Coconut water has been enjoying a popularity surge for what feels like ages, but now supermarket shelves are filling up with aloe water, maple water and even cactus water. The appeal, proponents say, is that each type of water comes with unique hydration benefits. But do you really need to go out of your way to drink these beverages during the hot summer months?
Experts acknowledge that there are certain benefits to these special waters. Coconut water is packed full of electrolytes, making it particularly handy after a vigorous workout – like a sports drink but without the artificial chemicals. Aloe water has potassium and vitamin C, plus antioxidants that just might help your skin glow. Cactus water comes with a low calorie count (18 calories per cup) and 159mg of potassium.
What you need to know
Keep an eye on the calories contained within these seemingly healthy waters, suggests Janet Brill, PhD and nutrition expert. Manufacturers often add in lots of sugar to make things like aloe water taste nicer, causing the calorie count to shoot up. Dana Angelo White, RD, author of Healthy Instant Pot Cookbook, agrees. Things like cactus water can certainly help to hydrate you, but watch out for added sugars.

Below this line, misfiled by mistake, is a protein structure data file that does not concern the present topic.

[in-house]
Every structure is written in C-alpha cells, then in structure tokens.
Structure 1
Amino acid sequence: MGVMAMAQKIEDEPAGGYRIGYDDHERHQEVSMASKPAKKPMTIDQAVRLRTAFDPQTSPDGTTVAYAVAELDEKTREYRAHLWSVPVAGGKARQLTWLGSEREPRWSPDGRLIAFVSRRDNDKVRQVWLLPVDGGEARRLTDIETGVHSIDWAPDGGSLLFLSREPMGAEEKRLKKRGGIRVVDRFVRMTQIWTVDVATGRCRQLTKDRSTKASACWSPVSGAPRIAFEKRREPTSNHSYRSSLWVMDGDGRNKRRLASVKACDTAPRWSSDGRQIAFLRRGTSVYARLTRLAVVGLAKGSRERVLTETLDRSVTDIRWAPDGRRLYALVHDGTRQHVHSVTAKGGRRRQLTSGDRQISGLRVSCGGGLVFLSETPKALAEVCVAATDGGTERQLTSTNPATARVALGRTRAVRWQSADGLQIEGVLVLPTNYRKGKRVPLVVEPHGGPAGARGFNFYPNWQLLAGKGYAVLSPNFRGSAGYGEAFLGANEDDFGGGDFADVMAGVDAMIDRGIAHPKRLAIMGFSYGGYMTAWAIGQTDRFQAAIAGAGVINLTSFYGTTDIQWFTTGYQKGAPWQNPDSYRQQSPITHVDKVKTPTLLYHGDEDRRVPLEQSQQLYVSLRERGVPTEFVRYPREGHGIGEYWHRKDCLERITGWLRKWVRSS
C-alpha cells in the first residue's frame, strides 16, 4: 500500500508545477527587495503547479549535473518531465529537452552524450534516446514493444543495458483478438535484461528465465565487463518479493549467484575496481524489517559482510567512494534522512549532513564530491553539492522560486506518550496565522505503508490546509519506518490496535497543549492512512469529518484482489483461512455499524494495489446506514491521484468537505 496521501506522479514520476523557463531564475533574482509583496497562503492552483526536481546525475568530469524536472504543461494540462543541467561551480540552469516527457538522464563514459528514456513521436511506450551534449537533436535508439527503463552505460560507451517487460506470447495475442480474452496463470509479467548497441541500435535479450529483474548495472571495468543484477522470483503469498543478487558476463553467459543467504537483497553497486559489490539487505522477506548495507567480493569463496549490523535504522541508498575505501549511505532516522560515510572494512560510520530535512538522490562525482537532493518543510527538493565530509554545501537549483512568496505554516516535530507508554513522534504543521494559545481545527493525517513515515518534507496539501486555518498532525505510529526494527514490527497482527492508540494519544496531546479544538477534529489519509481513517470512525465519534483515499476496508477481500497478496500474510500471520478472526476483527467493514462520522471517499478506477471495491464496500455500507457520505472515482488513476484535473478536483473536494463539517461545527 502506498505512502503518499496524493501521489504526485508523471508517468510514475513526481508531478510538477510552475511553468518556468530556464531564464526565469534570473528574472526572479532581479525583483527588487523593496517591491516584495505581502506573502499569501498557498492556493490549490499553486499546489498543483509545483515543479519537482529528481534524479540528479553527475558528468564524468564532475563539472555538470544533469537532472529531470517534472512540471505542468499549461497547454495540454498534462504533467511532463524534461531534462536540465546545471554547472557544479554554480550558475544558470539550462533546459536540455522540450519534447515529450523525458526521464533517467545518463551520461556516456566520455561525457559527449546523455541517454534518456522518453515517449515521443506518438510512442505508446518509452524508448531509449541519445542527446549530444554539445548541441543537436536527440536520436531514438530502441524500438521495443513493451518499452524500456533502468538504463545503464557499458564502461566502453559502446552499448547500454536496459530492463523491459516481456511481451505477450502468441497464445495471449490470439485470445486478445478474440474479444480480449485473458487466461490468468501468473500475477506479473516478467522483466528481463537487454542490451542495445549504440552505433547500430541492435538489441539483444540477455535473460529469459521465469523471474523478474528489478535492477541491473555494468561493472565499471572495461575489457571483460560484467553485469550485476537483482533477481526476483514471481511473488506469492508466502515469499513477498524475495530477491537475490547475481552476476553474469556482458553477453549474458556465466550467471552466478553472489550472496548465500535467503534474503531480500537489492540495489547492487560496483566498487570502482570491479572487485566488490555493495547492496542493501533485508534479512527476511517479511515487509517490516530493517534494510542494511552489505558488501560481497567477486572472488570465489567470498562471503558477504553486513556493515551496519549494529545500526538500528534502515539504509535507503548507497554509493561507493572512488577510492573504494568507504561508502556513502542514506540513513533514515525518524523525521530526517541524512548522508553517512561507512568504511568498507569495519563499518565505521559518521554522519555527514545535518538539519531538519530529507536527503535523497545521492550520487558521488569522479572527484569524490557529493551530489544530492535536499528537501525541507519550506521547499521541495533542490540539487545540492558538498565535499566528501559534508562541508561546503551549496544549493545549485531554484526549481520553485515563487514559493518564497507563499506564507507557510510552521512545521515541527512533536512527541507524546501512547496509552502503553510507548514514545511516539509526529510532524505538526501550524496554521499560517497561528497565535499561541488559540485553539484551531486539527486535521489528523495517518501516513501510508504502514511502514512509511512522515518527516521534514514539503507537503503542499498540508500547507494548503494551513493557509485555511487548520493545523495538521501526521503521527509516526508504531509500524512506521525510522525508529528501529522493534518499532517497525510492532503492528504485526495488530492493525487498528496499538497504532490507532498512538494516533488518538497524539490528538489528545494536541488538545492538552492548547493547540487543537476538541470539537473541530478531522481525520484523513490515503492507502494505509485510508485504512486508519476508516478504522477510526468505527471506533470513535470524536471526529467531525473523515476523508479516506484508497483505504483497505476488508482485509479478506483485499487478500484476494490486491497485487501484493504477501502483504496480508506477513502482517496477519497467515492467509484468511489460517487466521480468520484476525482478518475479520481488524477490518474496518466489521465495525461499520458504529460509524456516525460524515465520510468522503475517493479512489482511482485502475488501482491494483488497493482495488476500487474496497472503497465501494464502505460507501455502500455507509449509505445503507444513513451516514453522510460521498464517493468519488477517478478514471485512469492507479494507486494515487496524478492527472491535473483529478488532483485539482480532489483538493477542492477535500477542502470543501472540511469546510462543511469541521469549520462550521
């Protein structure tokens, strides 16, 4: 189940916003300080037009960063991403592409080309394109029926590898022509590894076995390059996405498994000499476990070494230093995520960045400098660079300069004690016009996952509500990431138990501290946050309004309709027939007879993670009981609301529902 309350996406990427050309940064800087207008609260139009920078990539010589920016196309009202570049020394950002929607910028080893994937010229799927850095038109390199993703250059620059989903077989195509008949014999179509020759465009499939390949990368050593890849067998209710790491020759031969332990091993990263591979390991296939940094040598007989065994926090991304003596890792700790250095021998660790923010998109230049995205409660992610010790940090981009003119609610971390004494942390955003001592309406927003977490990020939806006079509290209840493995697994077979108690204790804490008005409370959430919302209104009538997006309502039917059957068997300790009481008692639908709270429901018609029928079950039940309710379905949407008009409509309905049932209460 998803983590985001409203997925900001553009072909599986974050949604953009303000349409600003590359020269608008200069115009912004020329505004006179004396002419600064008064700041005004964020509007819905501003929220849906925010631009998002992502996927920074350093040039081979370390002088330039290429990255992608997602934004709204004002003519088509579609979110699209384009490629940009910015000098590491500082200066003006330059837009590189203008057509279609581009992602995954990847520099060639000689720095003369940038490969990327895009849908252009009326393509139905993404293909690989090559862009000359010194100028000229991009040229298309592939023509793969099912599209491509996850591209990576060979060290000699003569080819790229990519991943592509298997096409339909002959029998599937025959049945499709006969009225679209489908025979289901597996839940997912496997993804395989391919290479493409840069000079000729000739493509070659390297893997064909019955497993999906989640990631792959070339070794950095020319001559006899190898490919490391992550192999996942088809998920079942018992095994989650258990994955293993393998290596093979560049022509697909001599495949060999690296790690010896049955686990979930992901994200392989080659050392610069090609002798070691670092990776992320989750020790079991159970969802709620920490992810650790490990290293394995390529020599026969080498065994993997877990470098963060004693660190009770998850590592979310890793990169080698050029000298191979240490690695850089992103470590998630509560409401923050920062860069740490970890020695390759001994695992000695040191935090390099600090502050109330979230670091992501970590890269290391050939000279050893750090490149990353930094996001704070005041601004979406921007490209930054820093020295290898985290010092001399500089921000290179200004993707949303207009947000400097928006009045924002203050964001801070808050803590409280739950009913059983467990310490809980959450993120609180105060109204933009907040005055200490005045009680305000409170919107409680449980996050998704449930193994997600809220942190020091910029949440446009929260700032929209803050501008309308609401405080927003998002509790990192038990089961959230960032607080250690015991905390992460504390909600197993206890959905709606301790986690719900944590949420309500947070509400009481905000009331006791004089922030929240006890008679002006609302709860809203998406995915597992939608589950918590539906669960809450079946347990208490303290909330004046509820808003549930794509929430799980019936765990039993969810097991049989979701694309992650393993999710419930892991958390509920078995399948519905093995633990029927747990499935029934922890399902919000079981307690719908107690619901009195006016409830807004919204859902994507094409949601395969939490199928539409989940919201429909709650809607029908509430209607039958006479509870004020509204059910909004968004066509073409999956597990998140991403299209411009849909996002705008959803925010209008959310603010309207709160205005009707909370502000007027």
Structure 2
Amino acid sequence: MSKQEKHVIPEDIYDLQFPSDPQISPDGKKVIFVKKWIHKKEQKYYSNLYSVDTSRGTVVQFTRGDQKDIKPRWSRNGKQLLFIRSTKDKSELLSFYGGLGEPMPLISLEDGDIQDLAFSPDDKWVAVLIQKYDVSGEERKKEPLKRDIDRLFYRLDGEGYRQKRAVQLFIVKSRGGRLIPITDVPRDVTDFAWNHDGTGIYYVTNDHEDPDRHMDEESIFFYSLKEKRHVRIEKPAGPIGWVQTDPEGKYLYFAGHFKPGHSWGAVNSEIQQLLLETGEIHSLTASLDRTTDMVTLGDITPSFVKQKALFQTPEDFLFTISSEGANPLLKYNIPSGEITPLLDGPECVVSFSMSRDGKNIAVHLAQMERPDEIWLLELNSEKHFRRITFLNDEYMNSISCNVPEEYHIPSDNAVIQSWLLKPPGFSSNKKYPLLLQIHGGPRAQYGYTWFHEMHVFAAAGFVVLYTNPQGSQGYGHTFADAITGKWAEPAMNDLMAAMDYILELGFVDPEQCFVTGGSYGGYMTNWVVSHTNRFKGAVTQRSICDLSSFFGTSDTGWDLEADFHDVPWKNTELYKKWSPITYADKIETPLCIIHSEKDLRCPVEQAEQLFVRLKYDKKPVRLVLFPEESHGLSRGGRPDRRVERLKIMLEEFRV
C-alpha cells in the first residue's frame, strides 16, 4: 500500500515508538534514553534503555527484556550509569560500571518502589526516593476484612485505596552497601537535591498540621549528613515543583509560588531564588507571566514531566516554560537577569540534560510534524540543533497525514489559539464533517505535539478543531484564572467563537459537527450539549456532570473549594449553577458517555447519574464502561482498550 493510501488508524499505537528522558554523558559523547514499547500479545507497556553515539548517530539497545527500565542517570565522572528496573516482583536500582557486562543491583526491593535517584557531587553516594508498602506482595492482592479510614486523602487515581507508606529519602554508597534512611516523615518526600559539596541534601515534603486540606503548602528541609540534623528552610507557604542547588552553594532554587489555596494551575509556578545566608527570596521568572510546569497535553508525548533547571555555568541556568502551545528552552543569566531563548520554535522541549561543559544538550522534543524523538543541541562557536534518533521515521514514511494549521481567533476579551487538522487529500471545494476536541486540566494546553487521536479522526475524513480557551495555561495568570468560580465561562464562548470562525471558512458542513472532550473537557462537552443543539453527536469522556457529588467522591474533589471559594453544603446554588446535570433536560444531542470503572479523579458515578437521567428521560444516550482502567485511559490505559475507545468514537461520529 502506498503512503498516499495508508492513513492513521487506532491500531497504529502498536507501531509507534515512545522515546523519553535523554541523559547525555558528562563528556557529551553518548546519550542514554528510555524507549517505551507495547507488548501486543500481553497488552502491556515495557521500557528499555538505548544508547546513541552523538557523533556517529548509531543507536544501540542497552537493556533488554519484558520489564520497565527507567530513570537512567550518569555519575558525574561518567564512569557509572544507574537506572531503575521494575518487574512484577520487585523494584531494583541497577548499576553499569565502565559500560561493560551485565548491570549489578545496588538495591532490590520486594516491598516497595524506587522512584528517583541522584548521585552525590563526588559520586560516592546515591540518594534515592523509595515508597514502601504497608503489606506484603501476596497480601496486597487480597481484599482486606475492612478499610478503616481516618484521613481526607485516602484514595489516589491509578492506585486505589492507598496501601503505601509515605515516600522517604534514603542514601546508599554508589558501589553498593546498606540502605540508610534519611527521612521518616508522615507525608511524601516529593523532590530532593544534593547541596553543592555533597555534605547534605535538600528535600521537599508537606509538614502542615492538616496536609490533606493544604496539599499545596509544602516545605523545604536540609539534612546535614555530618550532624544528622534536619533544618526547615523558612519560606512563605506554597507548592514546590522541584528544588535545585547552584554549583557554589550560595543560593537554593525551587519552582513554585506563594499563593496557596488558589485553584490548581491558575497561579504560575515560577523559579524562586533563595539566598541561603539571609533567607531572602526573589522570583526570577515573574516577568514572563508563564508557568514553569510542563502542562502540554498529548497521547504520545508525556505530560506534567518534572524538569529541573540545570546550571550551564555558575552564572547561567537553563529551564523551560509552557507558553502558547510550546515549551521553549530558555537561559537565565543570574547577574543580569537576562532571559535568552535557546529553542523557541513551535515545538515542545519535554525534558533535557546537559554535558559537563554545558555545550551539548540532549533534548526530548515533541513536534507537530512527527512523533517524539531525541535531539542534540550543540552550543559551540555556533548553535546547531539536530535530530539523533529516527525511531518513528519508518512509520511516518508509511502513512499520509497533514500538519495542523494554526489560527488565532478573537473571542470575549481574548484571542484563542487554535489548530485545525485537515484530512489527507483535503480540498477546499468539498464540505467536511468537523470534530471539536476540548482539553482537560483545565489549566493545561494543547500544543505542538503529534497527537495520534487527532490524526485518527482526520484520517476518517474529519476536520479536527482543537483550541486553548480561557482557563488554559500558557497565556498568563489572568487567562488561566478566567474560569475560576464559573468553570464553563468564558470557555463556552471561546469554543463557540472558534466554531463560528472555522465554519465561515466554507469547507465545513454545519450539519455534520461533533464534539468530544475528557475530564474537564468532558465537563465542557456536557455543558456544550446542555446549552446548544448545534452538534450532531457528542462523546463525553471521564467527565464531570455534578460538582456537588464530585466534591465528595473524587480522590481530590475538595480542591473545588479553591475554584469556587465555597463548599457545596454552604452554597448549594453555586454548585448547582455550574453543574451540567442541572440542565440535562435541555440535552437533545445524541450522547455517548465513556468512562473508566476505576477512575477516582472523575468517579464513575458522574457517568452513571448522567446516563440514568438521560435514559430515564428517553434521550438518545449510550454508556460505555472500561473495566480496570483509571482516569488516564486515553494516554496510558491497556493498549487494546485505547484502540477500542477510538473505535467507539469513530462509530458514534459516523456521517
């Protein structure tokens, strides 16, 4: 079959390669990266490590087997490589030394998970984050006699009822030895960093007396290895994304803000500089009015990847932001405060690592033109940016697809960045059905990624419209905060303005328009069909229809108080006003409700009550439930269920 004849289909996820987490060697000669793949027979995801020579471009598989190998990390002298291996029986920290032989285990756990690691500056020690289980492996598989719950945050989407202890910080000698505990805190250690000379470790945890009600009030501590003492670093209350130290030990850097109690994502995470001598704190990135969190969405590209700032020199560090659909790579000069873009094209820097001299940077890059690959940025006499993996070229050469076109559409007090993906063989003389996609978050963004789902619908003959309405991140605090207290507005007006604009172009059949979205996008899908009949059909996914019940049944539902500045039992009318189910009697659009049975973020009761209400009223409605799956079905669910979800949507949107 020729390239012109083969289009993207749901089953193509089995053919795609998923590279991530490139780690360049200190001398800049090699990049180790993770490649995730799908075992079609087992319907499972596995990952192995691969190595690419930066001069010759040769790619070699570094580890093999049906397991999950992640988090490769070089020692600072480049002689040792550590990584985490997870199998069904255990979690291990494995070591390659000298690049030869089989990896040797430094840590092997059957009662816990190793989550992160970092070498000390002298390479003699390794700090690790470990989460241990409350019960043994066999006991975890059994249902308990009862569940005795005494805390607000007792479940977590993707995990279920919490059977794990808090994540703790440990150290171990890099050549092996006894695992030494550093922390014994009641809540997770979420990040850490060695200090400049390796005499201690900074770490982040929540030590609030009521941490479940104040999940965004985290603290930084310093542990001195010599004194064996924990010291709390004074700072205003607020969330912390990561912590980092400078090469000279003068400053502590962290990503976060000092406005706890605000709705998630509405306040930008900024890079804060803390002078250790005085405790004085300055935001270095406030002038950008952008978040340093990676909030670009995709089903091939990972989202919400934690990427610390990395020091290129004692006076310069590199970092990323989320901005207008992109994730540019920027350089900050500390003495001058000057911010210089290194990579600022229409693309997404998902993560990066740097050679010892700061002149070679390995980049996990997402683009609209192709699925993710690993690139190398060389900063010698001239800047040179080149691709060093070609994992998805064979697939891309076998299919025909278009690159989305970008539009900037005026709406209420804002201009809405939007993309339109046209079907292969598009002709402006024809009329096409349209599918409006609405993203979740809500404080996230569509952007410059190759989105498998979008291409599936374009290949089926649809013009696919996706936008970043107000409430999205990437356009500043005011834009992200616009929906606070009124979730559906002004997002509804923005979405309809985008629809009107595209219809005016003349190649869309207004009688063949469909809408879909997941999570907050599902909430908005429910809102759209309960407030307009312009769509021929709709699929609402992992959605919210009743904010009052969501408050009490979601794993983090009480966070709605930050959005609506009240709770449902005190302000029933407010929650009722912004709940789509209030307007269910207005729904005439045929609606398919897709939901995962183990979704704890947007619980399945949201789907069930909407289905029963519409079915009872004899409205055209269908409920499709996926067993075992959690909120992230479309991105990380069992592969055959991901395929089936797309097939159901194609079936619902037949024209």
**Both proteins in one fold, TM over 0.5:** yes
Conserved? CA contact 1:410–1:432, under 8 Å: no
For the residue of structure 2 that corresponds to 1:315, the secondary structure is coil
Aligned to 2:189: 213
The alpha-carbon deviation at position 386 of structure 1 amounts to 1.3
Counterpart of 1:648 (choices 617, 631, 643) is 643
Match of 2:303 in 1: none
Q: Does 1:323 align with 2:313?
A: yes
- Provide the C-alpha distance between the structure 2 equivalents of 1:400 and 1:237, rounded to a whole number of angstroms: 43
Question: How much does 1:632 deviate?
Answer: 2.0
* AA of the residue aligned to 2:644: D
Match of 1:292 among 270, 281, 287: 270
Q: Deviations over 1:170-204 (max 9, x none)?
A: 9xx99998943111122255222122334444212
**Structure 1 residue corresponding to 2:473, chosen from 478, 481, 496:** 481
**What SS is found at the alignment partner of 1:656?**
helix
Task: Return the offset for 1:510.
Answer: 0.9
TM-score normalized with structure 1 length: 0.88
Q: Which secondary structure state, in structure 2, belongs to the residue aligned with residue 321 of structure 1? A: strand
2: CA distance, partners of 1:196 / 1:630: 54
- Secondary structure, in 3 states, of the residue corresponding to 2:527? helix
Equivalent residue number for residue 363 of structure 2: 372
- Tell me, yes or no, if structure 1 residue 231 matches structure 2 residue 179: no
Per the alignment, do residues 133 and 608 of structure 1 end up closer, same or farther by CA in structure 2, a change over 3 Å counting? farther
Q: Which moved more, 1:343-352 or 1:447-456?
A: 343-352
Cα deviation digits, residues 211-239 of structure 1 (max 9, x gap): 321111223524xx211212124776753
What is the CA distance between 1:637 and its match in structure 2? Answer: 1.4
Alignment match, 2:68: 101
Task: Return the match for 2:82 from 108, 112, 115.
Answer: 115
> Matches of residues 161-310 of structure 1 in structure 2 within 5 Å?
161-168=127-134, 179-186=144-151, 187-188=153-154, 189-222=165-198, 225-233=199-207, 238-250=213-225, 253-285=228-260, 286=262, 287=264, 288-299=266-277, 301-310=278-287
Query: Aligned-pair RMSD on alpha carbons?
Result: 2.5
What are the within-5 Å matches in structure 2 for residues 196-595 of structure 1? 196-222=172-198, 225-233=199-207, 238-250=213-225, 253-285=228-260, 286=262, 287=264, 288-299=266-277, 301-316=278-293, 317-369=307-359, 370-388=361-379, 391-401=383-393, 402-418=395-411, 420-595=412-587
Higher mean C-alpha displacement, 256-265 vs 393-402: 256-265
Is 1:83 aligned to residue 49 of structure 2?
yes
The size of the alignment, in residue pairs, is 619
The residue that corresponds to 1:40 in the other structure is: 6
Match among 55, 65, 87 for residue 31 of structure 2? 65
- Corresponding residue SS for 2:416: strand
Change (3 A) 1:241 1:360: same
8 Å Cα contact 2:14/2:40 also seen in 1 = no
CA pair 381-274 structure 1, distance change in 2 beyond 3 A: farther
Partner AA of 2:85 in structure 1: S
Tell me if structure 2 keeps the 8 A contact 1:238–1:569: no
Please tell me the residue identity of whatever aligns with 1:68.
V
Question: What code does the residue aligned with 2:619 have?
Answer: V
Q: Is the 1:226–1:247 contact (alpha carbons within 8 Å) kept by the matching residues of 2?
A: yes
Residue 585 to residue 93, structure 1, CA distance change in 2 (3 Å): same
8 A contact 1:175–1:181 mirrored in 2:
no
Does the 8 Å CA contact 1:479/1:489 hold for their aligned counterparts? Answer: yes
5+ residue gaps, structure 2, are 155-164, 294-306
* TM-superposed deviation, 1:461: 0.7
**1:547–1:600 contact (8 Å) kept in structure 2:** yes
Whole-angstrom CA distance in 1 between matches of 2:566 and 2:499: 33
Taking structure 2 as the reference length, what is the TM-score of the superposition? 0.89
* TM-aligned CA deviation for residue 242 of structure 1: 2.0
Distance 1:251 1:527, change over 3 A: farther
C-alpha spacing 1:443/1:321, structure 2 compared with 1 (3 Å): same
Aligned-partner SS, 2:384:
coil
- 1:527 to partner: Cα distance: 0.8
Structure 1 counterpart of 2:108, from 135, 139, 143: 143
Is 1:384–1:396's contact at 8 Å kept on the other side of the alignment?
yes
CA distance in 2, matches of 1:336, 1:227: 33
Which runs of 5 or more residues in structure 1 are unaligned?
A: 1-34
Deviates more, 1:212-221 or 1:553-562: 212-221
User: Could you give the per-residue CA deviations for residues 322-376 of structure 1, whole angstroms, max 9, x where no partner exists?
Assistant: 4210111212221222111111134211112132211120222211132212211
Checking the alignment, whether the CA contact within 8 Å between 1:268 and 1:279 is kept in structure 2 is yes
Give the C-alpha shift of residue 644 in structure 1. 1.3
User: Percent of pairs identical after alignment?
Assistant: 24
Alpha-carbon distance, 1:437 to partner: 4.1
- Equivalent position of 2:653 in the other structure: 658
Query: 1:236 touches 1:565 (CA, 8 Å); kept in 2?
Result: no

“I wouldn’t go out of my way to point patients towards this, but I’d give them the green light to try it,” says White.
How to use
If you opt to try these waters, there are a lot more ways to use them than simply drinking them by the glass. Cactus water is also good for poaching white fish. Or mix coconut water with fresh fruit and freeze to make healthy popsicles. Create a smoothie using aloe water by blending together a few tablespoons of the water, some fresh spinach, a banana, some pineapple and one date, then make it extra healthy by adding in half a cup of green tea.
Whether or not you decide to try alternative waters, remember to stay hydrated during Ramadan, the summer months, and any time you may be fasting. Experts recommend drinking two eight-ounce glasses of water every suhoor; choosing foods with high water content, like cucumbers or watermelon; and limiting consumption of sugary juices.